Amazon just released an employee diversity report, and the results aren’t much different from those reported by other tech companies earlier this year.
According to Amazon, its global workforce is 63 percent male and 37 percent female; among managers, the percentage of males rises even higher, to 75 percent. Within the U.S., Amazon’s ranks are 60 percent white, 15 percent black, 13 percent Asian, 9 percent Hispanic, and 3 percent other; among managers, the numbers shift to 71 percent white, 18 percent Asian, 4 percent Hispanic, 4 percent black, and 3 percent other. (Data on U.S. race and ethnicity was collected in July 2014; global gender data, in September 2014.)
Compare that to Apple, where roughly 55 percent of the U.S. staff is white, 15 percent Asian, 11 percent Hispanic, 7 percent black, 2 percent “two or more,” 1 percent “other,” and 9 percent undeclared. The gender ratio there skews 70 percent male.
Or compare it to Google, where 61 percent of employees are white, 30 percent Asian, 4 percent “two or more,” 3 percent Hispanic, 2 percent black, and 1 percent “other.” Like Apple, Google is also 70 percent male.
But in contrast to those arch-rivals, which have bemoaned a lack of diversity at their respective firms (“As CEO, I’m not satisfied with the numbers on this page,” Apple CEO Tim Cook wrote in a statement accompanying his company’s report. “They’re not new to us, and we’ve been working hard for quite some time to improve them.”), Amazon insists that its employees represent a broad swath of races and cultures.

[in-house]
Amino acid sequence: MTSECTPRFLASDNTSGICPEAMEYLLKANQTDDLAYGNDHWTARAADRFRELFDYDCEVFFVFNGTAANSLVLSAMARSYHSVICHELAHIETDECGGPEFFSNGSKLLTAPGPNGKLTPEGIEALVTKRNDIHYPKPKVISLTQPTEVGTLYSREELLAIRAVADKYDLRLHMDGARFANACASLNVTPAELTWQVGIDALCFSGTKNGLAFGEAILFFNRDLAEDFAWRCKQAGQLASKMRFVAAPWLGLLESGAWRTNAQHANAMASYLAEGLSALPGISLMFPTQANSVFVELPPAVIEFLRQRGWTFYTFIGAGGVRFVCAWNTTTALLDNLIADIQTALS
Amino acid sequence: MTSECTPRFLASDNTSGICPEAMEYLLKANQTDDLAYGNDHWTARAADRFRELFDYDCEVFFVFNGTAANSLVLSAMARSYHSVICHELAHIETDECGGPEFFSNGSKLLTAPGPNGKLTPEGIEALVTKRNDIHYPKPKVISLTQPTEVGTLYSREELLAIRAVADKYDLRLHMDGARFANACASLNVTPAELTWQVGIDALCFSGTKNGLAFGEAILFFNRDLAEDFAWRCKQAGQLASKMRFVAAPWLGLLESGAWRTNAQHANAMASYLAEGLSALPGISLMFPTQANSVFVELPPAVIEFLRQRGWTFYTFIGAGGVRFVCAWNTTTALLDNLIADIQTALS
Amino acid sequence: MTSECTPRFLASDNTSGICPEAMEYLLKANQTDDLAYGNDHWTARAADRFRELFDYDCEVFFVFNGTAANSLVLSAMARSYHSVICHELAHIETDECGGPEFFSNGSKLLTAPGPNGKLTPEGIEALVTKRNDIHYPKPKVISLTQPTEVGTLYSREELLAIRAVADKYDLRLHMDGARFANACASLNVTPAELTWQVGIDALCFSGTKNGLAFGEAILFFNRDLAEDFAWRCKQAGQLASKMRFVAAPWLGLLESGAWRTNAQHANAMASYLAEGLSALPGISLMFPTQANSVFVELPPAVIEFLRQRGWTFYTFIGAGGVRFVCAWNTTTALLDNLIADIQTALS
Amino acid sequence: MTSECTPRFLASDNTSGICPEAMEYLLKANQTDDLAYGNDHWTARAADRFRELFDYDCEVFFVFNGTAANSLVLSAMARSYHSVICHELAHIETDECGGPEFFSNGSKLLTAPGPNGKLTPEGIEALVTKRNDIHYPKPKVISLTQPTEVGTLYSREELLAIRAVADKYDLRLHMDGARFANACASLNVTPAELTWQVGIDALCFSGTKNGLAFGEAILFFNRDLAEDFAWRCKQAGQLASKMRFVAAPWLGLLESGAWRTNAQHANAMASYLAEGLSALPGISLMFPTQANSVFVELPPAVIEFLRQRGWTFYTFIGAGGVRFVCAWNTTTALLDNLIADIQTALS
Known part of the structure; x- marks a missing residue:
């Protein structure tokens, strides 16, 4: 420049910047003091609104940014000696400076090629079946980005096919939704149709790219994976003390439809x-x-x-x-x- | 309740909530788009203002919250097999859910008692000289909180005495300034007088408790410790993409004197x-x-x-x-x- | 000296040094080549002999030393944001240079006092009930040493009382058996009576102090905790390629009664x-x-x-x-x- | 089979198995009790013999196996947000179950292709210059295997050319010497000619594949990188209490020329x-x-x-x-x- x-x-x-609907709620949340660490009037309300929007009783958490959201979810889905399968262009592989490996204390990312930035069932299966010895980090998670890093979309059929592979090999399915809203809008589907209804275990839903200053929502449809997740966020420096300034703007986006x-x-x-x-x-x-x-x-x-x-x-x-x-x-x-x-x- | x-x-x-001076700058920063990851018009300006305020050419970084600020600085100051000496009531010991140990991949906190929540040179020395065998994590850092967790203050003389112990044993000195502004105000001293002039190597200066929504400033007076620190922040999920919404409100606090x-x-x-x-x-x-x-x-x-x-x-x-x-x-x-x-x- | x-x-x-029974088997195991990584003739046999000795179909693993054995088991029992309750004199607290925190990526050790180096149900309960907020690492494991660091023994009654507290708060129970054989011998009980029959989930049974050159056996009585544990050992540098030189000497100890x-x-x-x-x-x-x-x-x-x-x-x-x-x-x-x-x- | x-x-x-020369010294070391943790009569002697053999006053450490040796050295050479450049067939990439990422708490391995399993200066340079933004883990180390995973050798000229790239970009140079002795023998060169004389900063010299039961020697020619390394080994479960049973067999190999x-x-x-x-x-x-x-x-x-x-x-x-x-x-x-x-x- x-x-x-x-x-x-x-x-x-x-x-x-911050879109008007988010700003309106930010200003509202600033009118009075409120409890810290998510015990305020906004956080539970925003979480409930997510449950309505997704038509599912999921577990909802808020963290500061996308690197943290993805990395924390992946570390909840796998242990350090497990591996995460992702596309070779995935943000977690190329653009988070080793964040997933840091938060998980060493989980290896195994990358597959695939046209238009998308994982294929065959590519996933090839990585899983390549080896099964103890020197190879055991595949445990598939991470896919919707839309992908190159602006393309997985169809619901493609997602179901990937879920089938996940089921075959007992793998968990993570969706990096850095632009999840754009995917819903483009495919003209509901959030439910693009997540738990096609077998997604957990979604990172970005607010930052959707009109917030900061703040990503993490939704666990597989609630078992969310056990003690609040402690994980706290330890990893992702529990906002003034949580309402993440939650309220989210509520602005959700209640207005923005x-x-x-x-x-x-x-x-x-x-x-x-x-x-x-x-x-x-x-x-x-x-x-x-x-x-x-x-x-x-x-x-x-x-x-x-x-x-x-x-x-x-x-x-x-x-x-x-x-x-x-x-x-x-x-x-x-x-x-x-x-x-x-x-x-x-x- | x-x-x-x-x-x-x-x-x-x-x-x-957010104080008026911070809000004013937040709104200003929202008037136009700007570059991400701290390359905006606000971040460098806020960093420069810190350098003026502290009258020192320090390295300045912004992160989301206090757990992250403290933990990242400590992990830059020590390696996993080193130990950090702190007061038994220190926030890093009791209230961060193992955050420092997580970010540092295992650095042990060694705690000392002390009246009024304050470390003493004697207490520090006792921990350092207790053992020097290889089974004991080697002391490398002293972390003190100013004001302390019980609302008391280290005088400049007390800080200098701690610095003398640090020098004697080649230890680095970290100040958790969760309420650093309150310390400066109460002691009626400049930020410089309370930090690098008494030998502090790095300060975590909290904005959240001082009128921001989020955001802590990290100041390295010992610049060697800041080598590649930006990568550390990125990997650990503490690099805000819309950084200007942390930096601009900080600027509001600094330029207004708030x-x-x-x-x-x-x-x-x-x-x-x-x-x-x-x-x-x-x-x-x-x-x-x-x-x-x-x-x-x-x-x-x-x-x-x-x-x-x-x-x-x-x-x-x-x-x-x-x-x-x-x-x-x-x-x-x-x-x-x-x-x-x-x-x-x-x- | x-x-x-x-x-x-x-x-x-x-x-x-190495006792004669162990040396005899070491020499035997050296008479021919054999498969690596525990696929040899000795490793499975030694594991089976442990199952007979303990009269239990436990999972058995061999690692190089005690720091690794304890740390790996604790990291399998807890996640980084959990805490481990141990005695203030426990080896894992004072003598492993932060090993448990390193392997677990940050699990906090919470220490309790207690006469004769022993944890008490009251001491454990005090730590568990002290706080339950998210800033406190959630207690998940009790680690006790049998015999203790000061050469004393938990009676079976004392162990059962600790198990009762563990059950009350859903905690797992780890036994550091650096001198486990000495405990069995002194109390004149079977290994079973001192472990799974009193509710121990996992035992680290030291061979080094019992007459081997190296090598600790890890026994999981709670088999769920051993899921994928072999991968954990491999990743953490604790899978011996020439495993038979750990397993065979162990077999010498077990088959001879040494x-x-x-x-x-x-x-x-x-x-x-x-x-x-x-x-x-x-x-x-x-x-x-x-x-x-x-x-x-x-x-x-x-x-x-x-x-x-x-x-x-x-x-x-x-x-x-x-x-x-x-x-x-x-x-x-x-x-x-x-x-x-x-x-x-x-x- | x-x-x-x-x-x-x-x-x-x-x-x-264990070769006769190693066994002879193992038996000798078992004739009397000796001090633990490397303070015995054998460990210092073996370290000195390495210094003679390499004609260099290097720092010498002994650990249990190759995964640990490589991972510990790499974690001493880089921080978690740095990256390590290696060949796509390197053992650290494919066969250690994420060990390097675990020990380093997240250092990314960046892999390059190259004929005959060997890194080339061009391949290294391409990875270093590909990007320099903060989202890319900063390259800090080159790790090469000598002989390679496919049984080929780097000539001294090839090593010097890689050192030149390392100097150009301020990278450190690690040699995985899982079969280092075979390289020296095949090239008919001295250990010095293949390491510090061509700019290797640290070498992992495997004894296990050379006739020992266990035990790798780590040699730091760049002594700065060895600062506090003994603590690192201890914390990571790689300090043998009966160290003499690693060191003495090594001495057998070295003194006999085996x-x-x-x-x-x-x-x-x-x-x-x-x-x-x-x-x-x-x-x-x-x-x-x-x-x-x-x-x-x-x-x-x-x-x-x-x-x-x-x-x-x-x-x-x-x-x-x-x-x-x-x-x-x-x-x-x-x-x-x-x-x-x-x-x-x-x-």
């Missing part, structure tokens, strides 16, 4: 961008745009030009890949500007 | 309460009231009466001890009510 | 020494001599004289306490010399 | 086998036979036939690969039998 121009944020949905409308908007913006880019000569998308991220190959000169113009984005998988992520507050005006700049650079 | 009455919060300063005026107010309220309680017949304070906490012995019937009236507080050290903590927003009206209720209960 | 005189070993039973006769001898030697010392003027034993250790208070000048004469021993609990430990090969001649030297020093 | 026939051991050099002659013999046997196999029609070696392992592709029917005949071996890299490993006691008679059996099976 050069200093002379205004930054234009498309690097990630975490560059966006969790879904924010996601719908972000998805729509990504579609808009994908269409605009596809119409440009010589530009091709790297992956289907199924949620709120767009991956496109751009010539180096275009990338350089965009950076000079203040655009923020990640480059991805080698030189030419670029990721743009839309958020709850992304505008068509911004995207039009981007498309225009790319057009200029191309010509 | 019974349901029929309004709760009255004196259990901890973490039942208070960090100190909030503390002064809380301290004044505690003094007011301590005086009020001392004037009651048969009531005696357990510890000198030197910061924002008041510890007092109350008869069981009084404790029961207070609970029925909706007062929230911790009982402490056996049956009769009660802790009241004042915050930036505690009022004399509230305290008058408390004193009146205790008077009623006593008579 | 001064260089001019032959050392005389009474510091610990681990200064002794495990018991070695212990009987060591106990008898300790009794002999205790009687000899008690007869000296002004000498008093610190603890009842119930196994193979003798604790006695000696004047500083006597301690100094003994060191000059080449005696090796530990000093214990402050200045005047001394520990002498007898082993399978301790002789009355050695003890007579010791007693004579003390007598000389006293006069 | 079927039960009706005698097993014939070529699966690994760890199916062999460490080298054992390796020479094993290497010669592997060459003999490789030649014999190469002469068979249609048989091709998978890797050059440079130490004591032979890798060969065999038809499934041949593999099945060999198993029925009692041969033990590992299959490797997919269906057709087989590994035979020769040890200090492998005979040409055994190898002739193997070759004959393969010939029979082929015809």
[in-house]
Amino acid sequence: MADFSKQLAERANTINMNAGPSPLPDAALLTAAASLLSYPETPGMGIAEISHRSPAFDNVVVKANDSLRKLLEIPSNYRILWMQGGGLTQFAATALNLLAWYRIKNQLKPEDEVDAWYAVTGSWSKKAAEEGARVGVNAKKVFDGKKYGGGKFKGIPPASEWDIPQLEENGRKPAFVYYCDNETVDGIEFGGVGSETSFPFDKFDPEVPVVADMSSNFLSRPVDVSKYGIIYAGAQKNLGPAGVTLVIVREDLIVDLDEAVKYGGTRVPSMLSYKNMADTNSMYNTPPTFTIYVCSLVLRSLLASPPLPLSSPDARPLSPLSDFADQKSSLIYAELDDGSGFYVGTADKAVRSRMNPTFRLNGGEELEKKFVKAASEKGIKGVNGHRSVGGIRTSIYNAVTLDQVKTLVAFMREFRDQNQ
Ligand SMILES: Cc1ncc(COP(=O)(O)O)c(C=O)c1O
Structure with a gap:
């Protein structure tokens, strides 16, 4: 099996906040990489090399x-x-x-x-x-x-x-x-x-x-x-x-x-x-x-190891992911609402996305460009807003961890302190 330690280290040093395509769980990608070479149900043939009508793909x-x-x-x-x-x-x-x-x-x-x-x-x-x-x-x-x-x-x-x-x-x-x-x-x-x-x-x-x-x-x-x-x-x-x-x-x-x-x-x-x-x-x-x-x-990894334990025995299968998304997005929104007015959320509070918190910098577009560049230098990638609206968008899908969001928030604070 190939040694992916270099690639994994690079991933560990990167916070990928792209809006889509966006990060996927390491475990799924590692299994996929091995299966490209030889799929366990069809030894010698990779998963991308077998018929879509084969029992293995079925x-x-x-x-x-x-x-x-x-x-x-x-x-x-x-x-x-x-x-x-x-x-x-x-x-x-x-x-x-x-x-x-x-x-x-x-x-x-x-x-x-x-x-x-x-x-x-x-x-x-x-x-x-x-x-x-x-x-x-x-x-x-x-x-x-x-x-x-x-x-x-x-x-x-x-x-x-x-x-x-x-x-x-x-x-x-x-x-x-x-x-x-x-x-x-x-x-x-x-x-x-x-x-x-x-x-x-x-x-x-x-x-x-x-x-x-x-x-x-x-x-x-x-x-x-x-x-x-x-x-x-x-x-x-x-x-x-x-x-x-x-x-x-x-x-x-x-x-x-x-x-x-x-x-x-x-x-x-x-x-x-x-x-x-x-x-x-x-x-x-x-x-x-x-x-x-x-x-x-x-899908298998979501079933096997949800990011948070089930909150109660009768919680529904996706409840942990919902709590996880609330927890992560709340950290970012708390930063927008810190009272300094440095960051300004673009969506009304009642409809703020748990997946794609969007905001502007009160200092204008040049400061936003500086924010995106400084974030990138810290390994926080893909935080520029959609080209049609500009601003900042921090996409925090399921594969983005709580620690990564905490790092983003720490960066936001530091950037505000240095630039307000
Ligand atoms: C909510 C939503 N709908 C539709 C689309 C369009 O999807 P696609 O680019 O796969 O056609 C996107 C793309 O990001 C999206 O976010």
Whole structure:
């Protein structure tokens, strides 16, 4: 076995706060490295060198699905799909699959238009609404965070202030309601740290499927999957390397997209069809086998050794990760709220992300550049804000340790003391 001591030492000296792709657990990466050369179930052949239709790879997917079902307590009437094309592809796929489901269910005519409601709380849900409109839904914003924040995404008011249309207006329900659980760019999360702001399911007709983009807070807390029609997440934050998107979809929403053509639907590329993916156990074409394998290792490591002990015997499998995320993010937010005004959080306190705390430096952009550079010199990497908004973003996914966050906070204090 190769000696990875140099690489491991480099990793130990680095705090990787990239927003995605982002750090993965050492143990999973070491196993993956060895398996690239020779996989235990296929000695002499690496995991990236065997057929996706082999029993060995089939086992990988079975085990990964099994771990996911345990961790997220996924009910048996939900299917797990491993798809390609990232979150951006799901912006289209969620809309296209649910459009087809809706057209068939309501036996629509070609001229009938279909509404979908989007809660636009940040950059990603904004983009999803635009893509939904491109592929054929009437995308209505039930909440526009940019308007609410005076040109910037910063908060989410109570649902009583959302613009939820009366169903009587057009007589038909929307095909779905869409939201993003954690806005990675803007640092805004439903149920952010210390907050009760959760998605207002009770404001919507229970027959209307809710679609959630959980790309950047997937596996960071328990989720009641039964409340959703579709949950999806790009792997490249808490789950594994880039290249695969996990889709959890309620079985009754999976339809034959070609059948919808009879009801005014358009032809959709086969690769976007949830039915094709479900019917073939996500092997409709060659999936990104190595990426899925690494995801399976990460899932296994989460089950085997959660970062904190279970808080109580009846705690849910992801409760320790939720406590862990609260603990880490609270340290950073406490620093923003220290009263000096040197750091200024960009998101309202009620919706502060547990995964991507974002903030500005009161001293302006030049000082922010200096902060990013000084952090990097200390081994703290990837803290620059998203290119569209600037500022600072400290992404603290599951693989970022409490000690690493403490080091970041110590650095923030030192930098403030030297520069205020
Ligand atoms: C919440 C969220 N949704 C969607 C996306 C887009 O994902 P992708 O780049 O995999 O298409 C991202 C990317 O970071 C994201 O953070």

“Our diverse perspectives come from many sources including gender, race, age, national origin, culture, education, as well as professional and life experience,” read a passage from Amazon’s website accompanying the demographic data. “We are working to develop leaders and shape future talent pools to help us meet the needs of our customers around the world.”
Much of the remaining text focuses on Amazon’s investments in education and its creation of internal “Affinity Groups.” There’s no hand-wringing, as in Google’s diversity report, over the demographic makeup of the staff or management.
To its credit, Amazon is obviously investing in programs that could bring all sorts of people into its ranks. But its public lack of consternation over its numbers could draw criticism.
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